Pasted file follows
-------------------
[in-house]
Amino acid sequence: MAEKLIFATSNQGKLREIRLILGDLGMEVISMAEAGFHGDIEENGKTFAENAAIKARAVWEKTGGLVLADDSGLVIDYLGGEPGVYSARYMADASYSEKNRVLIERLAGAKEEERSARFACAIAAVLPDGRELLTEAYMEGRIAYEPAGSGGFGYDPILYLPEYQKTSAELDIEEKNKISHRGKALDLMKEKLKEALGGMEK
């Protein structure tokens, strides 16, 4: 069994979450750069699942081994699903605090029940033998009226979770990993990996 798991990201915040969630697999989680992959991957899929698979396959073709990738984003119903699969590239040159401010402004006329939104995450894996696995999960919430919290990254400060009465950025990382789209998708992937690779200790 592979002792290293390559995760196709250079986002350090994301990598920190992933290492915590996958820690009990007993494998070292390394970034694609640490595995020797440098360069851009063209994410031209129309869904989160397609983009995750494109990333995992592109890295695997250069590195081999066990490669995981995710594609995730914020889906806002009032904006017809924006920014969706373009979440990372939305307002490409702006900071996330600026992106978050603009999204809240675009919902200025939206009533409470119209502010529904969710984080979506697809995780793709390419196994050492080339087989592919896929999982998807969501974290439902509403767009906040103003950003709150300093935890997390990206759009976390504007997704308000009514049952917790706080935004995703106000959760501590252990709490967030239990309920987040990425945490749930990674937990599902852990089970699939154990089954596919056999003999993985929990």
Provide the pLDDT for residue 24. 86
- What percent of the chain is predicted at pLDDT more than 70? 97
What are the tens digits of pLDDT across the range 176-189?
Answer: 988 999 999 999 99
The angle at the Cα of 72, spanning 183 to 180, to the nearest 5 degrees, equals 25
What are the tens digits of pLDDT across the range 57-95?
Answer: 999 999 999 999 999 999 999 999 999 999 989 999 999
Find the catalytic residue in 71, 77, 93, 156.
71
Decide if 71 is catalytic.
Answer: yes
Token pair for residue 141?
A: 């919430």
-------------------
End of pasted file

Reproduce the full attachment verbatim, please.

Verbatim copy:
[in-house]
Amino acid sequence: MAEKLIFATSNQGKLREIRLILGDLGMEVISMAEAGFHGDIEENGKTFAENAAIKARAVWEKTGGLVLADDSGLVIDYLGGEPGVYSARYMADASYSEKNRVLIERLAGAKEEERSARFACAIAAVLPDGRELLTEAYMEGRIAYEPAGSGGFGYDPILYLPEYQKTSAELDIEEKNKISHRGKALDLMKEKLKEALGGMEK
């Protein structure tokens, strides 16, 4: 069994979450750069699942081994699903605090029940033998009226979770990993990996 798991990201915040969630697999989680992959991957899929698979396959073709990738984003119903699969590239040159401010402004006329939104995450894996696995999960919430919290990254400060009465950025990382789209998708992937690779200790 592979002792290293390559995760196709250079986002350090994301990598920190992933290492915590996958820690009990007993494998070292390394970034694609640490595995020797440098360069851009063209994410031209129309869904989160397609983009995750494109990333995992592109890295695997250069590195081999066990490669995981995710594609995730914020889906806002009032904006017809924006920014969706373009979440990372939305307002490409702006900071996330600026992106978050603009999204809240675009919902200025939206009533409470119209502010529904969710984080979506697809995780793709390419196994050492080339087989592919896929999982998807969501974290439902509403767009906040103003950003709150300093935890997390990206759009976390504007997704308000009514049952917790706080935004995703106000959760501590252990709490967030239990309920987040990425945490749930990674937990599902852990089970699939154990089954596919056999003999993985929990």
Provide the pLDDT for residue 24. 86
- What percent of the chain is predicted at pLDDT more than 70? 97
What are the tens digits of pLDDT across the range 176-189?
Answer: 988 999 999 999 99
The angle at the Cα of 72, spanning 183 to 180, to the nearest 5 degrees, equals 25
What are the tens digits of pLDDT across the range 57-95?
Answer: 999 999 999 999 999 999 999 999 999 999 989 999 999
Find the catalytic residue in 71, 77, 93, 156.
71
Decide if 71 is catalytic.
Answer: yes
Token pair for residue 141?
A: 């919430």